More Damned Lies and Statistics: How Numbers Confuse Public Issues (Google eBook)

Front Cover
University of California Press, Aug 7, 2004 - Social Science - 217 pages
8 Reviews
In this sequel to the acclaimed Damned Lies and Statistics, which the Boston Globe said "deserves a place next to the dictionary on every school, media, and home-office desk," Joel Best continues his straightforward, lively, and humorous account of how statistics are produced, used, and misused by everyone from researchers to journalists. Underlining the importance of critical thinking in all matters numerical, Best illustrates his points with examples of good and bad statistics about such contemporary concerns as school shootings, fatal hospital errors, bullying, teen suicides, deaths at the World Trade Center, college ratings, the risks of divorce, racial profiling, and fatalities caused by falling coconuts. More Damned Lies and Statistics encourages all of us to think in a more sophisticated and skeptical manner about how statistics are used to promote causes, create fear, and advance particular points of view. Best identifies different sorts of numbers that shape how we think about public issues: missing numbers are relevant but overlooked; confusing numbers bewilder when they should inform; scary numbers play to our fears about the present and the future; authoritative numbers demand respect they donít deserve; magical numbers promise unrealistic, simple solutions to complex problems; and contentious numbers become the focus of data duels and stat wars. The author's use of pertinent, socially important examples documents the life-altering consequences of understanding or misunderstanding statistical information. He demystifies statistical measures by explaining in straightforward prose how decisions are made about what to count and what not to count, what assumptions get made, and which figures are brought to our attention. Best identifies different sorts of numbers that shape how we think about public issues. Entertaining, enlightening, and very timely, this book offers a basis for critical thinking about the numbers we encounter and a reminder that when it comes to the news, people countóin more ways than one.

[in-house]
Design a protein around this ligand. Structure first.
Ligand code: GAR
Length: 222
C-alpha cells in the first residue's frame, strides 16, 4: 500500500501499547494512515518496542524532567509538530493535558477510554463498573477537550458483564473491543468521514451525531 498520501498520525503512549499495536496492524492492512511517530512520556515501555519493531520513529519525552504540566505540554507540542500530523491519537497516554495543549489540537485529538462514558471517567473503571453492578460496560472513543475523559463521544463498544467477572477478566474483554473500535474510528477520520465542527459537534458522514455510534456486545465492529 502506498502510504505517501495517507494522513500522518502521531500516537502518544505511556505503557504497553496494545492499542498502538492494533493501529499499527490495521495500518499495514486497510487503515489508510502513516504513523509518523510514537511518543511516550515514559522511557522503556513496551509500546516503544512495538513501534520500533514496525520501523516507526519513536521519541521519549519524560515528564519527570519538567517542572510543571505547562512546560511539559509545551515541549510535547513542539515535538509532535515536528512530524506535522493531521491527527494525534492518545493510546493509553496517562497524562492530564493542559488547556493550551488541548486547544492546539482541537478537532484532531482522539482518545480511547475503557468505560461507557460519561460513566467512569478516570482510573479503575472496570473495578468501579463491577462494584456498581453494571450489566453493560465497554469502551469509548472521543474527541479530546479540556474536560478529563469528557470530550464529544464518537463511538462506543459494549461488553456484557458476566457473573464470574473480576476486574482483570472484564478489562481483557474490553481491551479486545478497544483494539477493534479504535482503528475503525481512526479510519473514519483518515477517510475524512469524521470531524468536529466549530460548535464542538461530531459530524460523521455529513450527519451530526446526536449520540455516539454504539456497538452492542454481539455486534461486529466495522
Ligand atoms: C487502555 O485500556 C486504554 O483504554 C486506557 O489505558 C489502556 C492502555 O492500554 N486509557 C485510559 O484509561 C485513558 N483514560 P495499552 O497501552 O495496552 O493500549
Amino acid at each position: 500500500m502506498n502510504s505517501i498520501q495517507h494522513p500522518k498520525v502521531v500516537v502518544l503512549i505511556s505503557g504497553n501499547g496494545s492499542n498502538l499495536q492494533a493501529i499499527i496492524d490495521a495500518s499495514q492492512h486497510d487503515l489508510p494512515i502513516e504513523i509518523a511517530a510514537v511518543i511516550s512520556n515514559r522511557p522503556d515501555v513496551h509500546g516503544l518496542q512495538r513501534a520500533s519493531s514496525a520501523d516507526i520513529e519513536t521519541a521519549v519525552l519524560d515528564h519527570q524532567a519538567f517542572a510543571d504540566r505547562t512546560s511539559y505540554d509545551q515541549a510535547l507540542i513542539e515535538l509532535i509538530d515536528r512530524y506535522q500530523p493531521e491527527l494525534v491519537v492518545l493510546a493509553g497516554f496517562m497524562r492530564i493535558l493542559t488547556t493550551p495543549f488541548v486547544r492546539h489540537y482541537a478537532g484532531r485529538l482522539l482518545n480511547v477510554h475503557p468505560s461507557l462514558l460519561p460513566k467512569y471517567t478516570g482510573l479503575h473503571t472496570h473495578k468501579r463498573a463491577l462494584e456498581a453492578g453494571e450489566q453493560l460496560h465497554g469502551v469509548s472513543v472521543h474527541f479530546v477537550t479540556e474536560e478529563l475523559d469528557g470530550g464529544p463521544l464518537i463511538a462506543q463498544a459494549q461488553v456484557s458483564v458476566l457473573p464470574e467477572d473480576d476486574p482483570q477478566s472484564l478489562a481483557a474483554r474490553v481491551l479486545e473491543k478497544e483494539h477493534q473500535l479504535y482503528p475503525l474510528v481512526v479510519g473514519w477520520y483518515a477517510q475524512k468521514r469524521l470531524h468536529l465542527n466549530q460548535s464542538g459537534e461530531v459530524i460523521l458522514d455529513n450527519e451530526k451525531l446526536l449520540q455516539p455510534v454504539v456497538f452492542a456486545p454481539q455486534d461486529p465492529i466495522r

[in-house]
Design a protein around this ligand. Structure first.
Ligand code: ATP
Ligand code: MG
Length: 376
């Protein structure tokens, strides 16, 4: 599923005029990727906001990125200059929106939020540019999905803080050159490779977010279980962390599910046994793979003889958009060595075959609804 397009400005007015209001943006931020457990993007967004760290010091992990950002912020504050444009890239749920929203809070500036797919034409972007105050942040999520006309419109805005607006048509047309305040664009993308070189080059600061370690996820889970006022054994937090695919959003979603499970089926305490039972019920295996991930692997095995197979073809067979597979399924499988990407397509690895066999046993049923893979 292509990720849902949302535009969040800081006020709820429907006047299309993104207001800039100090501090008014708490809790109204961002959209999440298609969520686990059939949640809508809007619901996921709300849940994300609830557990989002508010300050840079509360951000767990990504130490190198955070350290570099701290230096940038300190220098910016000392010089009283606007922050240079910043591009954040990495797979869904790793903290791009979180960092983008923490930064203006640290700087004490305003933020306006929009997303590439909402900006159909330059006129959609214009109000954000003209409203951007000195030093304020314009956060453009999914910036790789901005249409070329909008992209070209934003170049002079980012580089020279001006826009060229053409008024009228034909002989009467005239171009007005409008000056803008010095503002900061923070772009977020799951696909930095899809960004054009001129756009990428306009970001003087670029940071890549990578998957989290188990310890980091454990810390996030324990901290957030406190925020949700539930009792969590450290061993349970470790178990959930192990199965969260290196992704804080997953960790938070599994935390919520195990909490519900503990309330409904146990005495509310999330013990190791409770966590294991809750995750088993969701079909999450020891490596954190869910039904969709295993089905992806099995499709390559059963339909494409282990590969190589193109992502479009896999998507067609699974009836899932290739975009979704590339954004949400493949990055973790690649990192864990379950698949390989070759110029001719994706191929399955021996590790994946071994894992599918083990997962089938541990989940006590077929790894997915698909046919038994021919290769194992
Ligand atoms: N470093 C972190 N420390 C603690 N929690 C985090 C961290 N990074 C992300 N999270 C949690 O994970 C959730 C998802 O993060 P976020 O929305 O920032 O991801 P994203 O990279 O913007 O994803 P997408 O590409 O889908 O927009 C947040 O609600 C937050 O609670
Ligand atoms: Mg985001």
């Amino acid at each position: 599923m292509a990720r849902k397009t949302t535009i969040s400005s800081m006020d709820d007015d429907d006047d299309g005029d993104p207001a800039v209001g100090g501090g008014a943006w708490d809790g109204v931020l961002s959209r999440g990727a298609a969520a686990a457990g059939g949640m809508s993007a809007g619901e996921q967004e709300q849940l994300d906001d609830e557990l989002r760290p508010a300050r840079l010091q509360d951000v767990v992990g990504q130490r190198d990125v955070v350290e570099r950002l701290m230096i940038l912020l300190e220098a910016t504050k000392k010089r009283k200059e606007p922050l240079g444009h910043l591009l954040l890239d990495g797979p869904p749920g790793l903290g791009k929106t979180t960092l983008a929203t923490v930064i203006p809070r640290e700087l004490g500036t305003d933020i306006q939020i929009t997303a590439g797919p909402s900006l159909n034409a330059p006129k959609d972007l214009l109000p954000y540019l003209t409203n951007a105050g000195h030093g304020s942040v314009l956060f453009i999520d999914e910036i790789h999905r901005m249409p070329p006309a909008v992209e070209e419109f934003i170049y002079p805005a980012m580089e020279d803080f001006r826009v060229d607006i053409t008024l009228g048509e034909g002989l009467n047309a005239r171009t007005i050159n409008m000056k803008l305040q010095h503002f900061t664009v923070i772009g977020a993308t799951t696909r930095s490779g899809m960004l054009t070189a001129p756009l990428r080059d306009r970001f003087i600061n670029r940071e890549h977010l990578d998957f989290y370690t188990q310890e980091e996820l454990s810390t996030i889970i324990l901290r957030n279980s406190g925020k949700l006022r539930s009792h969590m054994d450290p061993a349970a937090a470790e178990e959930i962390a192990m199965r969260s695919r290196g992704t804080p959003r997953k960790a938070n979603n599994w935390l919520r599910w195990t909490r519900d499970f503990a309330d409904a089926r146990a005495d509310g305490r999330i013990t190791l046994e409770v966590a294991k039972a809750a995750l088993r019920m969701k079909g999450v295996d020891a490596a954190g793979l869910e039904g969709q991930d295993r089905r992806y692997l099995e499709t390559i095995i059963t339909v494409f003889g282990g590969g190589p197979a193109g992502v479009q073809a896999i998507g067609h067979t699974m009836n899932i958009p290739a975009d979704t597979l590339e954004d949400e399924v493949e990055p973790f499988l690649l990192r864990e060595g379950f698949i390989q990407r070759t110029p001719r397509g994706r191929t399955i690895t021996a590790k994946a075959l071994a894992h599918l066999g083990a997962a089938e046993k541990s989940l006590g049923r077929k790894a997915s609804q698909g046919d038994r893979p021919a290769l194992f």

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Review: More Damned Lies and Statistics: How Numbers Confuse Public Issues

User Review  - dsneaks - Goodreads

I had to read this for a Research Methods course I am currently taking. This book looks at the use of statistics in society and the need for statistics. Why is statistics used? This book tries to ... Read full review

Review: More Damned Lies and Statistics: How Numbers Confuse Public Issues

User Review  - Roger Blakesley - Goodreads

A fairly solid follow-up book. But somewhat derivative. Makes a better skim than a thorough read. Read full review

Contents

1 Missing Numbers
1
2 Confusing Numbers
26
3 Scary Numbers
63
4 Authoritative Numbers
91
5 Magical Numbers
116
6 Contentious Numbers
144
7 Toward Statistical Literacy?
170
Notes
183
Index
197
Copyright

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About the author (2004)

Joel Best is Professor and Chair of Sociology and Criminal Justice at the University of Delaware. He is the author of Damned Lies and Statistics: Untangling Numbers from the Media, Politicians, and Activists (California, 2001), Random Violence: How We Talk about New Crimes and New Victims (California, 1999), and Threatened Children: Rhetoric and Concern about Child-Victims (1990).

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